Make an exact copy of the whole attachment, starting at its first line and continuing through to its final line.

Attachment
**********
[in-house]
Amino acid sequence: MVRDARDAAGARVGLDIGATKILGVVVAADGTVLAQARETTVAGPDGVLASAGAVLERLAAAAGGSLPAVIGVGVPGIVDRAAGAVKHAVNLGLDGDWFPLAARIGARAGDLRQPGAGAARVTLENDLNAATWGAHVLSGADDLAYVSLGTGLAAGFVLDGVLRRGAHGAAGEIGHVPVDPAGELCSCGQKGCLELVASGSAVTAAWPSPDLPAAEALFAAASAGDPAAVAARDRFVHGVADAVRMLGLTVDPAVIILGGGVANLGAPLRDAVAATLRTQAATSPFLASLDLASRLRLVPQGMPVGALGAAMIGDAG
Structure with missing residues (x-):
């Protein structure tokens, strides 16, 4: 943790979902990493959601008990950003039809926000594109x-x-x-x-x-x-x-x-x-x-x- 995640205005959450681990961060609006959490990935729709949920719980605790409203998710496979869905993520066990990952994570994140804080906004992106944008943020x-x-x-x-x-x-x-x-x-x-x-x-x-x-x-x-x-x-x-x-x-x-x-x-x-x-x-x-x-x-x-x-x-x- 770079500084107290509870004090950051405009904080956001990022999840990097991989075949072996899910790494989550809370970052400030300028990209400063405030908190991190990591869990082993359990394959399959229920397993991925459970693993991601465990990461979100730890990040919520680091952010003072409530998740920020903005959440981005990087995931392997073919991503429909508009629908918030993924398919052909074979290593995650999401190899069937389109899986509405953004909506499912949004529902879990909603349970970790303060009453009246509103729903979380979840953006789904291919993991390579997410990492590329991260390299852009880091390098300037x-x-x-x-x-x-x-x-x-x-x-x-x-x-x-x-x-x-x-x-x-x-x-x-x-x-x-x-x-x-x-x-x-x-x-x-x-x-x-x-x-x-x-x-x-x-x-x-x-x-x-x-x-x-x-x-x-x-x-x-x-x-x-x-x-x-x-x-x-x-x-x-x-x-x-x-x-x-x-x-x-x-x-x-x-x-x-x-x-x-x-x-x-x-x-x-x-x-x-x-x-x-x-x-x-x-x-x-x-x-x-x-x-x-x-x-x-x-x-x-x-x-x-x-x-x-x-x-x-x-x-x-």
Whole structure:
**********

[in-house]
Amino acid sequence: MVRDARDAAGARVGLDIGATKILGVVVAADGTVLAQARETTVAGPDGVLASAGAVLERLAAAAGGSLPAVIGVGVPGIVDRAAGAVKHAVNLGLDGDWFPLAARIGARAGDLRQPGAGAARVTLENDLNAATWGAHVLSGADDLAYVSLGTGLAAGFVLDGVLRRGAHGAAGEIGHVPVDPAGELCSCGQKGCLELVASGSAVTAAWPSPDLPAAEALFAAASAGDPAAVAARDRFVHGVADAVRMLGLTVDPAVIILGGGVANLGAPLRDAVAATLRTQAATSPFLASLDLASRLRLVPQGMPVGALGAAMIGDAG
Structure with missing residues (x-):
């Protein structure tokens, strides 16, 4: 943790979902990493959601008990950003039809926000594109x-x-x-x-x-x-x-x-x-x-x- 995640205005959450681990961060609006959490990935729709949920719980605790409203998710496979869905993520066990990952994570994140804080906004992106944008943020x-x-x-x-x-x-x-x-x-x-x-x-x-x-x-x-x-x-x-x-x-x-x-x-x-x-x-x-x-x-x-x-x-x- 770079500084107290509870004090950051405009904080956001990022999840990097991989075949072996899910790494989550809370970052400030300028990209400063405030908190991190990591869990082993359990394959399959229920397993991925459970693993991601465990990461979100730890990040919520680091952010003072409530998740920020903005959440981005990087995931392997073919991503429909508009629908918030993924398919052909074979290593995650999401190899069937389109899986509405953004909506499912949004529902879990909603349970970790303060009453009246509103729903979380979840953006789904291919993991390579997410990492590329991260390299852009880091390098300037x-x-x-x-x-x-x-x-x-x-x-x-x-x-x-x-x-x-x-x-x-x-x-x-x-x-x-x-x-x-x-x-x-x-x-x-x-x-x-x-x-x-x-x-x-x-x-x-x-x-x-x-x-x-x-x-x-x-x-x-x-x-x-x-x-x-x-x-x-x-x-x-x-x-x-x-x-x-x-x-x-x-x-x-x-x-x-x-x-x-x-x-x-x-x-x-x-x-x-x-x-x-x-x-x-x-x-x-x-x-x-x-x-x-x-x-x-x-x-x-x-x-x-x-x-x-x-x-x-x-x-x-």
Whole structure: